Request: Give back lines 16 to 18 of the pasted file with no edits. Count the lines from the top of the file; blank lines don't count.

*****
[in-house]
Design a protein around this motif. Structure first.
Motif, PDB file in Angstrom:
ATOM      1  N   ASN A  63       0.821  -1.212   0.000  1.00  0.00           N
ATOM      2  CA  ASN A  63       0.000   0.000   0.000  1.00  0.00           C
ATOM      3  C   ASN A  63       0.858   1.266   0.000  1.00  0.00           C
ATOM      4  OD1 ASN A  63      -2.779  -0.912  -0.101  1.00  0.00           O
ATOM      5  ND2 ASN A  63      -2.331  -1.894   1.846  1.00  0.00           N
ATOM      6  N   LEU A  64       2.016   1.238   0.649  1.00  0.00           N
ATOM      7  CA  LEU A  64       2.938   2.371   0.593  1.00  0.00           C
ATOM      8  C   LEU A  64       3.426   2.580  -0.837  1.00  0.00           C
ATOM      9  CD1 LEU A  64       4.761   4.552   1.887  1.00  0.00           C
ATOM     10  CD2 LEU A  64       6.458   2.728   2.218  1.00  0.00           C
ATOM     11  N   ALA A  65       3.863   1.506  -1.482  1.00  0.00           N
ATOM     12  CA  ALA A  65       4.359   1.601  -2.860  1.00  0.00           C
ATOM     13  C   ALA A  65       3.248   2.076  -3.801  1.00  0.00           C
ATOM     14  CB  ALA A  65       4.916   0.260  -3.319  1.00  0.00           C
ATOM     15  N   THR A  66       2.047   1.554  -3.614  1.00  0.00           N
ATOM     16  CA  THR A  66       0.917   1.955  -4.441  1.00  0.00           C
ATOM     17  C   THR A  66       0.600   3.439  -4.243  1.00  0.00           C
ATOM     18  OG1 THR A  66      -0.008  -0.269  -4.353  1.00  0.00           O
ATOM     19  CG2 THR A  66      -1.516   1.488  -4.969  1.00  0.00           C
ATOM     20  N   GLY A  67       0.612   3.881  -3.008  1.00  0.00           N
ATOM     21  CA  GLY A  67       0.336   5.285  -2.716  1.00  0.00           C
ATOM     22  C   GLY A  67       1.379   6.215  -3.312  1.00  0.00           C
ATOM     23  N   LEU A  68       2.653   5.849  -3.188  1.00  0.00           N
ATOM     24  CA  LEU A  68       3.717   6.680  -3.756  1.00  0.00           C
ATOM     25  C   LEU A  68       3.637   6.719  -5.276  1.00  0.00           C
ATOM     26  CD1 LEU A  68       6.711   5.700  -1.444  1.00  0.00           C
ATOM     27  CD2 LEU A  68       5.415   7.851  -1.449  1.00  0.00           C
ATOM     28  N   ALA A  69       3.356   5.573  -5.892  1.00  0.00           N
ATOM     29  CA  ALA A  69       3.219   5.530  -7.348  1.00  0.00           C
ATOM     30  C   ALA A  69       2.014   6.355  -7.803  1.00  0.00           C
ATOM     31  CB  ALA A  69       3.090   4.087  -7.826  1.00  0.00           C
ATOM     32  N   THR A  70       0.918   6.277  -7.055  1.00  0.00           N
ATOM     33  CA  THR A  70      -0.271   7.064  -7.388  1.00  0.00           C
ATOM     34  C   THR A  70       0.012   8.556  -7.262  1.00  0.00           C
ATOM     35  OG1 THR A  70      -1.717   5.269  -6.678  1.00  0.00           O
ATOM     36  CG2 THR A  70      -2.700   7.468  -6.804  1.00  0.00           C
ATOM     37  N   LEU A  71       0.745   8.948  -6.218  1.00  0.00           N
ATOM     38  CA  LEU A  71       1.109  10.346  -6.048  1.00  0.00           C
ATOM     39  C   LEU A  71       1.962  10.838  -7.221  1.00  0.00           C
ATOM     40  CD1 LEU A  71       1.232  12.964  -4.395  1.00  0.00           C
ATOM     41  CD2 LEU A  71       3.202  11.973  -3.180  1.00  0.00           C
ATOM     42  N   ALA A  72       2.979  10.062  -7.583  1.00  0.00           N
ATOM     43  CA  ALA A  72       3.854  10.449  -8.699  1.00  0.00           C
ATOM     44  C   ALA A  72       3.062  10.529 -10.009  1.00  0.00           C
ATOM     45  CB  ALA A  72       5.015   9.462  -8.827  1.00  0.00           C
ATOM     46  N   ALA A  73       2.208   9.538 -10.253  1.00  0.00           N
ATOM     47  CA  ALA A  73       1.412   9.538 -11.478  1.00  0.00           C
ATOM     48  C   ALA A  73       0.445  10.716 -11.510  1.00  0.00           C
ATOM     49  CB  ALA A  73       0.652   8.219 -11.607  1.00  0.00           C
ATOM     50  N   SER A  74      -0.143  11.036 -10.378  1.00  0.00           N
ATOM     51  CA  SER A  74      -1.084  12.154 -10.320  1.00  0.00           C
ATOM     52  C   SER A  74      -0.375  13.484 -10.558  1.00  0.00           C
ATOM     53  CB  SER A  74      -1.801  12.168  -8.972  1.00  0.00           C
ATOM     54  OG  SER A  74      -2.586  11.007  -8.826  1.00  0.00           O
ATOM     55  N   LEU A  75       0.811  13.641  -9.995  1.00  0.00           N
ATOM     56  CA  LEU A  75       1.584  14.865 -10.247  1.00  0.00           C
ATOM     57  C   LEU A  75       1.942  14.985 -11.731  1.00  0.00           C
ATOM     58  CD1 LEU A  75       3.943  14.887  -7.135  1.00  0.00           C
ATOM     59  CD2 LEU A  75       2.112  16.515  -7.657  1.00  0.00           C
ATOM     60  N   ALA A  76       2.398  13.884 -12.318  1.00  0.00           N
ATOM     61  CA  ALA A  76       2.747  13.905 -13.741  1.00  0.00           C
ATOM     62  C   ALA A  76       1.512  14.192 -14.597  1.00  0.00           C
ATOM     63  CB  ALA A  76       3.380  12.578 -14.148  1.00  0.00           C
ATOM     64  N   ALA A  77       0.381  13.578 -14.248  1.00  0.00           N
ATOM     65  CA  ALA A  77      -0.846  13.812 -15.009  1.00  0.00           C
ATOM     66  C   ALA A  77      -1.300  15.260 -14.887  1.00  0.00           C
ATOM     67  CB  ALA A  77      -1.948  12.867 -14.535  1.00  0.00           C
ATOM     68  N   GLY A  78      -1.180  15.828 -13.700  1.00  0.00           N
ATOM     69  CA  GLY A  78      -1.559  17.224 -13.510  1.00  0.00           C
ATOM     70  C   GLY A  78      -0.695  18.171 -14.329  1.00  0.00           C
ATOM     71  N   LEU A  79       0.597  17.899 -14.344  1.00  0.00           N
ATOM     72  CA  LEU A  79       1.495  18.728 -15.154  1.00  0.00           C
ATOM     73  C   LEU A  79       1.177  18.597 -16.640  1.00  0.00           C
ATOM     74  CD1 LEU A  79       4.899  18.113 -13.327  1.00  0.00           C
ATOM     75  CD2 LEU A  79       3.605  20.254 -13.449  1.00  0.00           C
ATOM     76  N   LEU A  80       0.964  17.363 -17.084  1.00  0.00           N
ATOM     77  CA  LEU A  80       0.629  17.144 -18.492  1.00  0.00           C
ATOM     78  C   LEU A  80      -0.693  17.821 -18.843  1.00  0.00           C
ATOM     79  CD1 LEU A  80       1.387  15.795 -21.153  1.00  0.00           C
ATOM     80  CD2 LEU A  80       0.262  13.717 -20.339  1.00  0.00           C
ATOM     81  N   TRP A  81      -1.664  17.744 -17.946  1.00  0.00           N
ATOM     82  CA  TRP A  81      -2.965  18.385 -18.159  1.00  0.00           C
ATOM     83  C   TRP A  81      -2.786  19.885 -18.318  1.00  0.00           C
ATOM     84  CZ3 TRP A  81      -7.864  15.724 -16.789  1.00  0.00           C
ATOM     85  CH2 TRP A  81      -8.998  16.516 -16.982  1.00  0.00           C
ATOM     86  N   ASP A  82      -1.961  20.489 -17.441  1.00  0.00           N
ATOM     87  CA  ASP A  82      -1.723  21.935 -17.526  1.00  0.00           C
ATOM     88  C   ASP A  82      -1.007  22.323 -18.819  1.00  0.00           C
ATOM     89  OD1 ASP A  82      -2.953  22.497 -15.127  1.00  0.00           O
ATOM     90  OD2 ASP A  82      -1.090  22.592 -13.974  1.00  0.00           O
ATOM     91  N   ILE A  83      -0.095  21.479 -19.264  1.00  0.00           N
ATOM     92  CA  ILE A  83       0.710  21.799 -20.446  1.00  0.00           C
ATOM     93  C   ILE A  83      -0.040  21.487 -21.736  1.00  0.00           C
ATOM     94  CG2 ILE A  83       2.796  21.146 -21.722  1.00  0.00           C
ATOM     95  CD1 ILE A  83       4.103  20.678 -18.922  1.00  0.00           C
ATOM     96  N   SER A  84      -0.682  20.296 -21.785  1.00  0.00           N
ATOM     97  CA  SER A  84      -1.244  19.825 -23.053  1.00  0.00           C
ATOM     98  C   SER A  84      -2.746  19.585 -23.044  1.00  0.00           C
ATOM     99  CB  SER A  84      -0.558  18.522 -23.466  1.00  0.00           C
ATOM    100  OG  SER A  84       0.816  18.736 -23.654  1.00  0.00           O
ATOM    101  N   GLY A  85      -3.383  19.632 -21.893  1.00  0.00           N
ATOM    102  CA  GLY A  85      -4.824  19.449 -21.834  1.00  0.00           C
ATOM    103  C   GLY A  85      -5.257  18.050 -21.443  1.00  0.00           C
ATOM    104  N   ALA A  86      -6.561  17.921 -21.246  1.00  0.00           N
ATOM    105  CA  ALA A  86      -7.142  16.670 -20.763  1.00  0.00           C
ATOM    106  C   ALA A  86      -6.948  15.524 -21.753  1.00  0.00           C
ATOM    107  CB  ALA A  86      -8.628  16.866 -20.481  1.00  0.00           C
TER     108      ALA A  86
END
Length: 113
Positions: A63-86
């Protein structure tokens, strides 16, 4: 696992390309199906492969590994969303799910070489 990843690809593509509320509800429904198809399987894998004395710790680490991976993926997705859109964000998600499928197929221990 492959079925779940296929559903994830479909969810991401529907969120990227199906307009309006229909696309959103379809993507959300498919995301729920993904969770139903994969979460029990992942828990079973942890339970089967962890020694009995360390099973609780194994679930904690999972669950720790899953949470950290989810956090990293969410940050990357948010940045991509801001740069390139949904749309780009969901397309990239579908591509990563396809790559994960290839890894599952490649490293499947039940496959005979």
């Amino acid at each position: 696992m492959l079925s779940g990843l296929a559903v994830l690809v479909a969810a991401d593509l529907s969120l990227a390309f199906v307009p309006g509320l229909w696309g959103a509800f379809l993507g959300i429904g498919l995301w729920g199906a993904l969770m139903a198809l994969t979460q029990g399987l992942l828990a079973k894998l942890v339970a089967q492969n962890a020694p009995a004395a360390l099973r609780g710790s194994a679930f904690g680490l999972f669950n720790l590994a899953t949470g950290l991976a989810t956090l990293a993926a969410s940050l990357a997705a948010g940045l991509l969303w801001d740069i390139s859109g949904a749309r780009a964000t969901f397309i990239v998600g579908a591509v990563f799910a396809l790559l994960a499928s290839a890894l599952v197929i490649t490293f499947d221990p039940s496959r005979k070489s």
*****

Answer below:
ATOM     13  C   ALA A  65       3.248   2.076  -3.801  1.00  0.00           C
ATOM     14  CB  ALA A  65       4.916   0.260  -3.319  1.00  0.00           C
ATOM     15  N   THR A  66       2.047   1.554  -3.614  1.00  0.00           N